Brief overview of how two different databases are queried to create various AutoCAD Electrical BOM reports.
This question comes up from time to time, most recently today. Here is a brief summary in the form of screenshots illustrating how a component on an AutoCAD Electrical drawing (a mechanical footprint symbol on a panel layout drawing) finds its way on to a BOM report. This illustrates just a simple, straightforward catalog assignment – without “ASSYCODE” and without “Multi-BOM” catalog assignments (future posting!).
A small portion of one drawing, DEMO08.dwg, which is part of a sample AutoCAD Electrical project drawing set “WDDEMO”, is shown below.
AutoCAD Electrical maintains a “scratch” database file, in Microsoft Access format, that follows what is going on in the project drawing set (it does not drive it, it follows it). The above mechanical footprint component, SS433 on drawing DEMO08.dwg of the project, shows up in the “PNLCOMP” table of the scratch database file for this project.
The scratch database file name is the same name as the active AutoCAD Electrical project name but with an “.mdb” extension. It is saved in the local AutoCAD Electrical “user” folder. The full name can be displayed by typing this at the AutoCAD “Command:” prompt.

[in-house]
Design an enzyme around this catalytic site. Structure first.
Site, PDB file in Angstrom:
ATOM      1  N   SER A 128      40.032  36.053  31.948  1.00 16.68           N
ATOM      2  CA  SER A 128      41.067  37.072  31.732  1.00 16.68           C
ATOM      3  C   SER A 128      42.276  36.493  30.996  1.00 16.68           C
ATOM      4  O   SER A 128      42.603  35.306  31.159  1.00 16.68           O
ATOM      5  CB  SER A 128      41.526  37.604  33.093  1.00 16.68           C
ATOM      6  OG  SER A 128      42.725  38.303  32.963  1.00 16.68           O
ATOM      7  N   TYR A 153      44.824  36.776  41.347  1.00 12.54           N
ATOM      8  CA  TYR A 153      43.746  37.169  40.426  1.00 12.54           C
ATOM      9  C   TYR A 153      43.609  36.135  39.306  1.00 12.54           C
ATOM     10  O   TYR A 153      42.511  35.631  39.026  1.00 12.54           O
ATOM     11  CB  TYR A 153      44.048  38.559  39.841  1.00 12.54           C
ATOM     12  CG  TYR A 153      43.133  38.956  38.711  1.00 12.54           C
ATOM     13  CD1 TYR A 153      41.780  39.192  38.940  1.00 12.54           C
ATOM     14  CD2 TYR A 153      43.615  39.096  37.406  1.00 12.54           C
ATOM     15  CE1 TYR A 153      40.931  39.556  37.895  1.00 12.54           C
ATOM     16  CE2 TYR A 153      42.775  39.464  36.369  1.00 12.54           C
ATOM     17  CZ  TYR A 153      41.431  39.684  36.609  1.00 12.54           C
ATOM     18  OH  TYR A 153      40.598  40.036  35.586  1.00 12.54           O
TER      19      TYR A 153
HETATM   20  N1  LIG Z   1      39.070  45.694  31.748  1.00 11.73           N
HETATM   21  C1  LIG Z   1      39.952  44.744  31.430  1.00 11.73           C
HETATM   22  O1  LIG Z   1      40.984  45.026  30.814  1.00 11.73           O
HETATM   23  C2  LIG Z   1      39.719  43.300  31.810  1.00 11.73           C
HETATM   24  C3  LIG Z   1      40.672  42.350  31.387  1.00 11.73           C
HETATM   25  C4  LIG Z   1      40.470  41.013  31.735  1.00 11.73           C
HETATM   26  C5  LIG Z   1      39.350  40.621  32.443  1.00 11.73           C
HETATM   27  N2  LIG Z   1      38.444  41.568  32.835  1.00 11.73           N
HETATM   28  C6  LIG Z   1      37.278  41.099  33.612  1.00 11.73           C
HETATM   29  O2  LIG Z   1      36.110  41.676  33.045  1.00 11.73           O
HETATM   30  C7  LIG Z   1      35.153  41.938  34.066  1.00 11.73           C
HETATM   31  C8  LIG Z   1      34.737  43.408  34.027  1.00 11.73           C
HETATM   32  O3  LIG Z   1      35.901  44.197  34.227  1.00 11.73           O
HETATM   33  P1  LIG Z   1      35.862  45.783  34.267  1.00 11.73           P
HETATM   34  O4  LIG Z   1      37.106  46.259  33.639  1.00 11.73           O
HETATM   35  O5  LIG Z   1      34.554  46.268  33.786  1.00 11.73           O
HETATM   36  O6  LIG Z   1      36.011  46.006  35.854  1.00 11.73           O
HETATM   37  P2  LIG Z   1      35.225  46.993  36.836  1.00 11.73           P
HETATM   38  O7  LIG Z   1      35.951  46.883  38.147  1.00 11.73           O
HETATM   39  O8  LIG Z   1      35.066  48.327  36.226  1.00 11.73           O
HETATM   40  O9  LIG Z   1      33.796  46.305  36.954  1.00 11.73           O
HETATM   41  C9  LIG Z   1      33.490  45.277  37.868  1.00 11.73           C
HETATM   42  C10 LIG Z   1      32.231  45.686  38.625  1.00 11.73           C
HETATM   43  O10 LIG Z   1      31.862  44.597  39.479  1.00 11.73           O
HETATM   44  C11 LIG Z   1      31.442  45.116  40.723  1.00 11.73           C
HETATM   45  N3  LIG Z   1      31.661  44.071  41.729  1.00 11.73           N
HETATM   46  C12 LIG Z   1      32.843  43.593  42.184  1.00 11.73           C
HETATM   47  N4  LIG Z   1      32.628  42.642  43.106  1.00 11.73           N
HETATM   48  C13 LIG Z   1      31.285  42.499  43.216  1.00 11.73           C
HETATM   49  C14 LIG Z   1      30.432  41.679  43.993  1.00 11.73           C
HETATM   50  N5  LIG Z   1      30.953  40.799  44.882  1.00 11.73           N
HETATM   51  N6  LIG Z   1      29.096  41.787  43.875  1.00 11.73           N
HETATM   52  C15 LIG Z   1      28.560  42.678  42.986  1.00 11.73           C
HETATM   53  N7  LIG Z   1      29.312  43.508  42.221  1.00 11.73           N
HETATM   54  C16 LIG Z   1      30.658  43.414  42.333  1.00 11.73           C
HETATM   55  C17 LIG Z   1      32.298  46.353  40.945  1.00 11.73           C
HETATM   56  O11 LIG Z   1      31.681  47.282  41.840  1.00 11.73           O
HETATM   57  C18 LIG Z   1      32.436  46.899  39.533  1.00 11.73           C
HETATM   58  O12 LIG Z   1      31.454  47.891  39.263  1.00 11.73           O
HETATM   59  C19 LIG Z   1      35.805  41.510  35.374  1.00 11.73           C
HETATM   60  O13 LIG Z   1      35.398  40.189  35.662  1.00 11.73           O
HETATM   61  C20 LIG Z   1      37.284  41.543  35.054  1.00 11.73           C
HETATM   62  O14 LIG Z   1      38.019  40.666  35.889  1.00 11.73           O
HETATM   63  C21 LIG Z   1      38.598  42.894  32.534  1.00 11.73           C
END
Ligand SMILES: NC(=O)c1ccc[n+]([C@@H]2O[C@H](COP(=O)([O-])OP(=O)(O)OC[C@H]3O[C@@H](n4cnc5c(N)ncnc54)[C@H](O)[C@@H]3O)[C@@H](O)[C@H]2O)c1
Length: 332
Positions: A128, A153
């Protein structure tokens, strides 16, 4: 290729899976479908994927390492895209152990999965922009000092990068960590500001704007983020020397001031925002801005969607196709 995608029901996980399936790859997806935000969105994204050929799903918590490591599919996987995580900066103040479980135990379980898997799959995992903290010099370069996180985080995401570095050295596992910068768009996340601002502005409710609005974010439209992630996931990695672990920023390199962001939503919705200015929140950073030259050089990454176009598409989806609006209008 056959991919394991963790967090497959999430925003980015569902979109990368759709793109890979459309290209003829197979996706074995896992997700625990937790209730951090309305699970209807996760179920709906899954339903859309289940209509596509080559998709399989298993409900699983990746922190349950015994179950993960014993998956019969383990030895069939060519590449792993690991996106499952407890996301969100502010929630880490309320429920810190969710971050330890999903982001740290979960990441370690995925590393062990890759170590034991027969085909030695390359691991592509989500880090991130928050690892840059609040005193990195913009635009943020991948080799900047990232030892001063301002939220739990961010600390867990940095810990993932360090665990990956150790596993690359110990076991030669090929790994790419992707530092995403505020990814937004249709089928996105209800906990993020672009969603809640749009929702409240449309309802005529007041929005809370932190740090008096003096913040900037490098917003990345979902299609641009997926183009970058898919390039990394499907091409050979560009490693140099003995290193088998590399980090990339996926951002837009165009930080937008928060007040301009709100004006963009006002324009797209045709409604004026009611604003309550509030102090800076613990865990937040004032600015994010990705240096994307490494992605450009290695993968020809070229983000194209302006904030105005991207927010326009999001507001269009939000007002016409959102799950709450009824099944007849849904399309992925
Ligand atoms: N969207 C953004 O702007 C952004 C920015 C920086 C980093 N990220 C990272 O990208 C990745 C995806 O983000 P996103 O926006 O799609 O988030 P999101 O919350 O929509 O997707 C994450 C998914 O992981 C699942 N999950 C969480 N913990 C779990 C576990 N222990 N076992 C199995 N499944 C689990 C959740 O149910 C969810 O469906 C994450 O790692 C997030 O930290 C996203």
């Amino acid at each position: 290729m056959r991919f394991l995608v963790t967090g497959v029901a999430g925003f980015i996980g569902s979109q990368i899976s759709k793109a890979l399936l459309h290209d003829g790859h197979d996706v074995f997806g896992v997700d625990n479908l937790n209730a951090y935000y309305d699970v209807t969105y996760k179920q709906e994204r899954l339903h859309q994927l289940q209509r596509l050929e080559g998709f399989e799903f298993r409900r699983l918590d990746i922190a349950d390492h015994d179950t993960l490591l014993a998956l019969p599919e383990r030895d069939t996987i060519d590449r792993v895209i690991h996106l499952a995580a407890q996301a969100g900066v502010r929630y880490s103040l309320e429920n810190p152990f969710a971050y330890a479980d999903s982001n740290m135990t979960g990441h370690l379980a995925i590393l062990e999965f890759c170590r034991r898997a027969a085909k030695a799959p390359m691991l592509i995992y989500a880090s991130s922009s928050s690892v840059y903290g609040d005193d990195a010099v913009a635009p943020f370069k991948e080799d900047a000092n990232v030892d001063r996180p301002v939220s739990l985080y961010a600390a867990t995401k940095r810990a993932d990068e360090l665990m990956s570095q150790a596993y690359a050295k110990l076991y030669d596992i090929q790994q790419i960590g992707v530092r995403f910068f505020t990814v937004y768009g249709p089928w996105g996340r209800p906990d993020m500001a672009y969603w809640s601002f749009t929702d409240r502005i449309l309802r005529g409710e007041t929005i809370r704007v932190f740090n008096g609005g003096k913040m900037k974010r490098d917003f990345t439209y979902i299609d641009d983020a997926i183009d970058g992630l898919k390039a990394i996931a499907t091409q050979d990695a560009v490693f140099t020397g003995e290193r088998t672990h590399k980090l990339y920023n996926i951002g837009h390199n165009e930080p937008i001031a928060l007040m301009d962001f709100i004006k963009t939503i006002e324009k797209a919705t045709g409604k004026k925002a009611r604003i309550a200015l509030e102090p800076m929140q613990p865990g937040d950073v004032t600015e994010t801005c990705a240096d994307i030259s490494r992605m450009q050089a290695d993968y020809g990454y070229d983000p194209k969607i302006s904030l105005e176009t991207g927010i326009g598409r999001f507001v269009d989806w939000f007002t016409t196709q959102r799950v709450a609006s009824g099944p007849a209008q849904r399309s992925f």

Command: (c:wd_mdb_get_proj_scratch_dbnam nil) [Enter]
Here is a screenshot of the above panel component in the PNLCOMP table of the project scratch database:
And here’s another screenshot of the above record with a few other fields exposed. These fields are used to guide AutoCAD Electrical’s BOM reporting command to the appropriate “table” in the catalog lookup database file DEFAULT_CAT.mdb (shown shortly).
The actual table name that the BOM report queries for this “SS433″ symbol’s catalog description information is influenced by the WDBLKNAM value shown above. See this posting for a description of how auto-table selection works.
Ultimately, the BOM reporting goes to table “SS” in the DEFAULT_CAT.mdb file. It uses the MFG/CAT attribute values carried on the panel footprint symbol (and extracted into the PNLCOMP table shown above) to find the appropriate record in the “SS” table shown here:
And now the BOM reporting command merges the data in the record above with the data from the scratch database file. It is formatted into the report and shows up as an entry here in the BOM Report Generator dialog ( ! ):
Now, at this point, you can write the report out to a file (in various formats) or insert the report as a “smart” table on to your AutoCAD drawing.